de Janeiro, with a population of over 6 million people, is a big
city by any standards. Working class and the upper middle class often
share the same neighborhood, the same beach. Social contrasts are quite
OK, Rio de Janeiro may not be safe as Copenhagen, but
thinking of the city as violent would be completely unfair. Most areas
of interest to visitors are located either on the South Side, or the
historical strip from Flamengo to Downtown. The high criminality rates
happen in areas of the West Side that hold little interest to visitors.
The city is doing a serious effort to deal with the safety issue, and
results are starting to show. In addition to the federal and military
police, municipal guards help control traffic, and keep the sidewalks
relatively free of vendors. At the beach cops on shorts patrol on foot
and on sand-mobiles. Powerful police cameras have been recently
installed in Copacabana, and Ipanema is the next in line.
Having said that, there are of course a few common sense rules you
should follow to stay out of trouble. We have lined up some basic
guidelines we try to follow ourselves.
Avoiding the Pitfalls
not even bother packing flashy jewelry, gold, or
platinum and diamond-studded watches. If you've got it or like it, this is
place to buy them but not the place to flaunt it...
Your invaluable valuables belong in the safety box of your hotel room.
Carry along a photocopy of your passport, in case you are asked to show
some ID. Leave the original together with your driver's license in your
safety box (unless you're driving, of course).
Do not take along more cash than you need. Most restaurants and stores
take plastic, anyway, and you use your debit cards ATM's at selected banks.
Avoid dark or isolated areas where you do not see a single soul at night (duhh),
such as the Flamengo Park, or the Financial District.
Walk with a sense of purpose, as if you knew where you are going to.
Looking like a victim is the first step to becoming one.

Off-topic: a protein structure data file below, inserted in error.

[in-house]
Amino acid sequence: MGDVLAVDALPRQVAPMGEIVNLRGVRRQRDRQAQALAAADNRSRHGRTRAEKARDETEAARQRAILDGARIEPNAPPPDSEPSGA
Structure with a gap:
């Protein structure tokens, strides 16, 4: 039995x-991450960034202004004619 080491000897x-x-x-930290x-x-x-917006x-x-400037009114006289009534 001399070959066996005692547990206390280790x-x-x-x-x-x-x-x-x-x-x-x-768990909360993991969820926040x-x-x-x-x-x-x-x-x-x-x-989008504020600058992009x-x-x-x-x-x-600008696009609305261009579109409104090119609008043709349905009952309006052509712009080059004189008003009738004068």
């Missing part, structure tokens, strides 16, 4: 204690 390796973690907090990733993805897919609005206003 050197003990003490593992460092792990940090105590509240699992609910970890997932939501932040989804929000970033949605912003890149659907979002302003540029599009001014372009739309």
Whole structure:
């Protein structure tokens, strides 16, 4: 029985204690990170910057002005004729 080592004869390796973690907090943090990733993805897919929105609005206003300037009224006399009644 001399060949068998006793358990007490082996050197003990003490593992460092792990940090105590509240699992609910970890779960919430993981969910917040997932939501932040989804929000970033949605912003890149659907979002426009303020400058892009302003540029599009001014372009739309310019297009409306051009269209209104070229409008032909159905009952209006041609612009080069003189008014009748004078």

Don't leave your camcorder or state-of-the-art camera swinging from your
limp hand, like a shopping bag. Wear shoulder straps.
If you bring along expensive cameras, camcorders or laptops, consider an
At the beach, do not leave your expensive camera, passport and/or cash
laying around on the sand unattended while you go for a few laps. Do not
hide your money in your $200 sneakers either, or you will lose both (that's
an old one).
Don't take off your watch and leave it laying on the sand behind your back
while you are sitting on the sand distracted by the girls or boys that pass
by (we've seen saw someone do this...)
Do not take regular buses alone (see getting
around), taxis cost much less than you expect. If you must take a bus
(at your own risk), avoid the window seats and the back rows. Keep the exact
change in hand, so you don't have to mess with your wallet (which is
obviously in your front pocket).
Good Night Cinderella is an old trick
that still works. You take a drink offered by a friendly stranger (men or
woman). It contains powerful sleeping drugs. You will need help to get back
to your hotel room, and this caring and friendly person will gain access to
your valuables while you are helpless. Do not leave your drink unattended at
bars or discos, for the same reason.
Don't take strangers you've just met back to your hotel room - even if you
think you are in love! This is the easiest way to become a victim of
violence or theft. Say that your hotel does not allow visitors (which may
well be true) and go to a honeymoon motel,
instead. Everybody knows where to find them.
If someone accidentally spills something on you in the street,
and offers to clean it say thank you, and walk away. They may have a partner
waiting for a chance to pick your wallet while you are distracted with the
At nightclubs and rock shows, stay away from pitboys. These
muscular guys, nicknamed after their pitbulls, tend to hang out in boys-only
groups. They may pick up fights for no apparent reason (we know it's the
steroids speaking). Their favorite victims are members of other pitboy
groups, or with security guards.
Don't get involved with the drug scene, even if you think you know what
If you get in trouble with the police, do not offer a bribe. It could make
things go from bad to sour. Underhanded cops are usually very open when they
are creating a problem to sell the solution. They will take the
initiative of asking for the cervejinha (i.e. tip).
If the worse happens and you are approached by some criminal element, try
and keep calm. Never fight back. They may have guns, be on drugs, could
react violently. You certainly have more to lose than they do.
Though police officers in the street try to be helpful, most do not speak
other languages. If you need to report something
was stolen for insurance purposes, go directly to the tourist police (DEAT).
Their office is located in Leblon, on Av. Afrânio de Mello Franco s/n,
across from nightclub Scala.